Things Unfinished

IMG_8536Have you ever signed up for something and then not finished? Or maybe just haven’t been able to work at the rate you’d prefer?

I’m still working through the Correspondence Course through Tarot School. I’m a little over halfway, which feels like a huge accomplishment given how much I’ve done since I first signed up (earned a graduate degree, got a teaching license, got my own classroom, wrote my first book). My teacher, Wald Amberstone, tells me that hardly anyone actually finishes. Plenty of people sign up, but most of those don’t make it beyond the first lesson. I’m guessing that it’s because it’s a lot more work than people expect, and much of that work is tedious. Right away, you learn exercises for contemplating cards at many levels, but then you actually have to write these contemplations out for literally every card in the deck. I enjoy these sorts of tasks, but even I find it to be really challenging. It takes me forever to finish individual lessons, just because of how much writing each entails. I always learn a ton, though, so the work has been well worth it.

Increasingly, my practice of tarot has almost nothing to do with divination. I still think divination can be valuable, but for me it has a very definite time and place, and that only rolls around once in a great while. Further, sometimes I just don’t want to know things. I’d rather suss things out gradually, tracing the strands in my own journaling and discerning patterns. Without that kind of context, drawing cards can feel starkly off the mark. Only later do we go, “Oh, hey, that’s what that card was about.” By then the information is less useful. We just add the experience to our mental bank and hope to be a bit more astute next time.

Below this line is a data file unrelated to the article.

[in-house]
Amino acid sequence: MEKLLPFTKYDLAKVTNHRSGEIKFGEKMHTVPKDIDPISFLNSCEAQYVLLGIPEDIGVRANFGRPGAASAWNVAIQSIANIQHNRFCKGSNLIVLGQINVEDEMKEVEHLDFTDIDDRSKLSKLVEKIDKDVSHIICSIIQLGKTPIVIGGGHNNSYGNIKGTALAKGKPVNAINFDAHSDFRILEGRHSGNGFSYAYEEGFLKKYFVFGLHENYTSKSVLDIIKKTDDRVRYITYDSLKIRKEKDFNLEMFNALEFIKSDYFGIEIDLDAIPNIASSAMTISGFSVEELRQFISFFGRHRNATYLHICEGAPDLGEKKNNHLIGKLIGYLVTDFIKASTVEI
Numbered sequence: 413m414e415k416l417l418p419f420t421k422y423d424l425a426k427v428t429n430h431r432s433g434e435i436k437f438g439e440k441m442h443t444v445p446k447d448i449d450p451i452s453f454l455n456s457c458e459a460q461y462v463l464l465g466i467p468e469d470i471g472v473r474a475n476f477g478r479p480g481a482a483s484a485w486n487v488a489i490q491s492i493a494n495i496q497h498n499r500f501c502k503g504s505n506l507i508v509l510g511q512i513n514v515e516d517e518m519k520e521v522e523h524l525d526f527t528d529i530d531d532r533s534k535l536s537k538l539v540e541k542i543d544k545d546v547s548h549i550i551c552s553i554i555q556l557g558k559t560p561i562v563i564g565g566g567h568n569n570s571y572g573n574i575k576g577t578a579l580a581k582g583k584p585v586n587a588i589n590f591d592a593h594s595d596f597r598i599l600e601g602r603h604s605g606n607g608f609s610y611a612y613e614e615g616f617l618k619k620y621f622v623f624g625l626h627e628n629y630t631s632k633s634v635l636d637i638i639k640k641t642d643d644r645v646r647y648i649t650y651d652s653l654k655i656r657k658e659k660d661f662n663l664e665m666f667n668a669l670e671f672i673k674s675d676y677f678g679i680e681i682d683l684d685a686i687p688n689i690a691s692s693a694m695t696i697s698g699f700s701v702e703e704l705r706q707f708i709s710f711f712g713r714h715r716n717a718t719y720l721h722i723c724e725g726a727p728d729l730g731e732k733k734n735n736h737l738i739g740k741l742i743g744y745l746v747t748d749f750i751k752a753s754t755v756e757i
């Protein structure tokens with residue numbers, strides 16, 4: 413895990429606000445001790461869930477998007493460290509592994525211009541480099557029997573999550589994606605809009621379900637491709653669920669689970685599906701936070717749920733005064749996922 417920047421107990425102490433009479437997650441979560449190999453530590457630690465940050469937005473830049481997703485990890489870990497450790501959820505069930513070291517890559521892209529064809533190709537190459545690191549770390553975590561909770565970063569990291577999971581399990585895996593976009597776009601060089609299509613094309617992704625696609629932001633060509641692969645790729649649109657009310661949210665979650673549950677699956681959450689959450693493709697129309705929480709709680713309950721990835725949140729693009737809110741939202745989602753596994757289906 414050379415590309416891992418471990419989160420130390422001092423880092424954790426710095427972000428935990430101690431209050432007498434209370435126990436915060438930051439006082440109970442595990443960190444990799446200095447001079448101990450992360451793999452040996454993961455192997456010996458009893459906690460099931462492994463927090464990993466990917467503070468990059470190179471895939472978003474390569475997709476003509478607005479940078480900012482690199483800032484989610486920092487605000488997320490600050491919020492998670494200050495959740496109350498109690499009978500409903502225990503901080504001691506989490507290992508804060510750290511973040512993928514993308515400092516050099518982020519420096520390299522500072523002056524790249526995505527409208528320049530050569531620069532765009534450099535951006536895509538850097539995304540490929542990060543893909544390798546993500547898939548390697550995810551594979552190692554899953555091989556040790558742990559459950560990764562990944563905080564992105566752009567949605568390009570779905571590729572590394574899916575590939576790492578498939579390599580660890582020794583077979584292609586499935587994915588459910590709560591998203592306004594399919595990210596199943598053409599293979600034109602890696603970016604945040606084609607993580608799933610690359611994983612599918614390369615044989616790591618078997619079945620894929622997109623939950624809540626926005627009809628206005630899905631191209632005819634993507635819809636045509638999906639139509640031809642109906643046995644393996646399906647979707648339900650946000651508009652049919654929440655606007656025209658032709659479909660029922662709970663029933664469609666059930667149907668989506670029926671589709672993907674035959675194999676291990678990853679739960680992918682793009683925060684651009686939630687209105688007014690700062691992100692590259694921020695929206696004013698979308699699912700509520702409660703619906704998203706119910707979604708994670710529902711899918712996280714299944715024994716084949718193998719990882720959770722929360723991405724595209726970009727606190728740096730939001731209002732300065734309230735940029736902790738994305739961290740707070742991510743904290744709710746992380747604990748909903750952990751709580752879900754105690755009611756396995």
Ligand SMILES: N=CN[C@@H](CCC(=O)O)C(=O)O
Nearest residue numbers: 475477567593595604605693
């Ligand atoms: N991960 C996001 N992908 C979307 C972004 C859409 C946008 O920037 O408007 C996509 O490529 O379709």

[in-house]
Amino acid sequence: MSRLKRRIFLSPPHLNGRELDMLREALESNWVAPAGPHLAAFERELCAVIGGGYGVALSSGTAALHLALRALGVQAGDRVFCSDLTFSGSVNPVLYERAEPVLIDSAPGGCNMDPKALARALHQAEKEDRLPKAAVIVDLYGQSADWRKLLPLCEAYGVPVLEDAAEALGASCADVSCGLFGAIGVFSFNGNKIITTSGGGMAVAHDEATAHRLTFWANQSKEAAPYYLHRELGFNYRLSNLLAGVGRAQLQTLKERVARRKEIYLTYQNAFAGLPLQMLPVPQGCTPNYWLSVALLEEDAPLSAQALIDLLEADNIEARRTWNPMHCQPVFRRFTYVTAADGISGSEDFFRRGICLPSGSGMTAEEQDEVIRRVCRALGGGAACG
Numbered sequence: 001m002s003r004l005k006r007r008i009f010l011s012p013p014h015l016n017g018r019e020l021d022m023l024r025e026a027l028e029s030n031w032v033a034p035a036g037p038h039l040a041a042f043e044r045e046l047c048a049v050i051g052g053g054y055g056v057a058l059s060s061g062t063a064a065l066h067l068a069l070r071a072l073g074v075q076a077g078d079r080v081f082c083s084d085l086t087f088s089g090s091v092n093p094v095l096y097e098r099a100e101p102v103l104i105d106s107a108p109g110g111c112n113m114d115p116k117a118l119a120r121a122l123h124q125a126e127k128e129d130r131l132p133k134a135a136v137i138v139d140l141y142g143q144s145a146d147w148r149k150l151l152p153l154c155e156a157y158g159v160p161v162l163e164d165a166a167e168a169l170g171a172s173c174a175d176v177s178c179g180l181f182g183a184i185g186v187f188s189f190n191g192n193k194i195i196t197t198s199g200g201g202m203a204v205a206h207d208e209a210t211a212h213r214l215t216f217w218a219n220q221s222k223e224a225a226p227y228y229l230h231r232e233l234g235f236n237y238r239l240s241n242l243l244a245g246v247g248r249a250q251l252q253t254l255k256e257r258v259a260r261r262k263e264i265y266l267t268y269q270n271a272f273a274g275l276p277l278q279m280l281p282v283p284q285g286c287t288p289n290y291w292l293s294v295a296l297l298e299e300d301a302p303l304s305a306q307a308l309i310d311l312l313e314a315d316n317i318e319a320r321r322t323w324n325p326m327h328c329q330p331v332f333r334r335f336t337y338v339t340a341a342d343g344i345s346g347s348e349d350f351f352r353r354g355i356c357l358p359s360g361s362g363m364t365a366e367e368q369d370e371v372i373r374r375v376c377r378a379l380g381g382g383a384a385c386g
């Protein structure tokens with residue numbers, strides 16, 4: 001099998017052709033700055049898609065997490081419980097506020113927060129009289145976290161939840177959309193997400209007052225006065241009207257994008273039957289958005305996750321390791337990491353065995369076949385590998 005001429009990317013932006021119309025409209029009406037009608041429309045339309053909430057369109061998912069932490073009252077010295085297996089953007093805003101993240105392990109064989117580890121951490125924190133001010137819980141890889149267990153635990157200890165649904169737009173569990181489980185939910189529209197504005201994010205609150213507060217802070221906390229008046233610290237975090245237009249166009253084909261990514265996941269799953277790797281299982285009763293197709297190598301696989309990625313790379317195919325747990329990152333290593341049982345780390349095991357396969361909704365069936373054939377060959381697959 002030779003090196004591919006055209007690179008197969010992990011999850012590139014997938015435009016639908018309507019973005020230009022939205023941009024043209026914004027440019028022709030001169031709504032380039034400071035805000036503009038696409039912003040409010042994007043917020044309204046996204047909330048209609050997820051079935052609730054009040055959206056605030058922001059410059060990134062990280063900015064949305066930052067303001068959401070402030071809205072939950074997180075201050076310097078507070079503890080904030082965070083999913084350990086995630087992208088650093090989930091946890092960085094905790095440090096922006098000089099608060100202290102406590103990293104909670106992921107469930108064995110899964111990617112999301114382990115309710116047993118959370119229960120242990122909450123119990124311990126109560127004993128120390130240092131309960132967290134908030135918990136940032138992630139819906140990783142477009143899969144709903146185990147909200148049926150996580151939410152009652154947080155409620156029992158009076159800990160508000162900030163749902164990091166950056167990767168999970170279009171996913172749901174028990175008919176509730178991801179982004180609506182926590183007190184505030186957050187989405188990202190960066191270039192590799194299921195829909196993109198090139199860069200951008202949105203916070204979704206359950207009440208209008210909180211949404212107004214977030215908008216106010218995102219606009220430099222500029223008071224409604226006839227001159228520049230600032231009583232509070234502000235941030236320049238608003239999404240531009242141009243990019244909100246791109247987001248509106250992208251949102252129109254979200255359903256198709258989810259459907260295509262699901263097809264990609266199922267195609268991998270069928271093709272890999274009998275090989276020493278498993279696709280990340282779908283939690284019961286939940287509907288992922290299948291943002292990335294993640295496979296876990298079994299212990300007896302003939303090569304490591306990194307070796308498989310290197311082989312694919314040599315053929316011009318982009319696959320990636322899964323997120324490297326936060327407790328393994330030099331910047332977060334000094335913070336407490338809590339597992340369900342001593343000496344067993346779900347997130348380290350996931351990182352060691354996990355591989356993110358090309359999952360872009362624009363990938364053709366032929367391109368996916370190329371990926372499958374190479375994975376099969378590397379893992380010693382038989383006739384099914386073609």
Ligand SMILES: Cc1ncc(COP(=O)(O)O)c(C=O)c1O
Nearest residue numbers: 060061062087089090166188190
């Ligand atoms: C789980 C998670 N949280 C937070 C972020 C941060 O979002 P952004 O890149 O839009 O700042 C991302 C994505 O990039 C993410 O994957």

I also think there’s a danger in becoming overly dependent on things like daily draws. As meditative exercises, yes, absolutely. But I’ve seen a lot of people get so hung up on what they pull each morning that they give up some of their own agency, resigning themselves to “what the cards said” or making far-fetched connections that, while perhaps valid, don’t actually depend on having a daily divination ritual. Sure, the 9 of Swords could be about your laundry, but did you really need a deck of cards for that?

I’ve never left that liminal space where tarot is both sacred (a map of the universe), but also totally mundane and accessible (laundry). I’m sure it’s something I’ll always wrestle with.

My next project is reviving and reformatting the newsletter. I’ve been writing a lot lately (most recently at Patheos) about identity, and I really want to consolidate some of my web presence. I do a lot, and it’s gotten hard to keep up with the various versions of myself. And if you’d like to keep up with me and my assorted adventures, you’ll be able to do so in one place (more or less)!

Meanwhile, I’m doing all of the things that go along with publishing a book, after the manuscript is done. Turns out there’s a lot! The release date for Traditional Wicca: A Seeker’s Guide (with Llewellyn) is still almost a year away, but there’s still a ton of work to do. I should see my cover in the next few days, though, and I’ll be sure to share it with you all!

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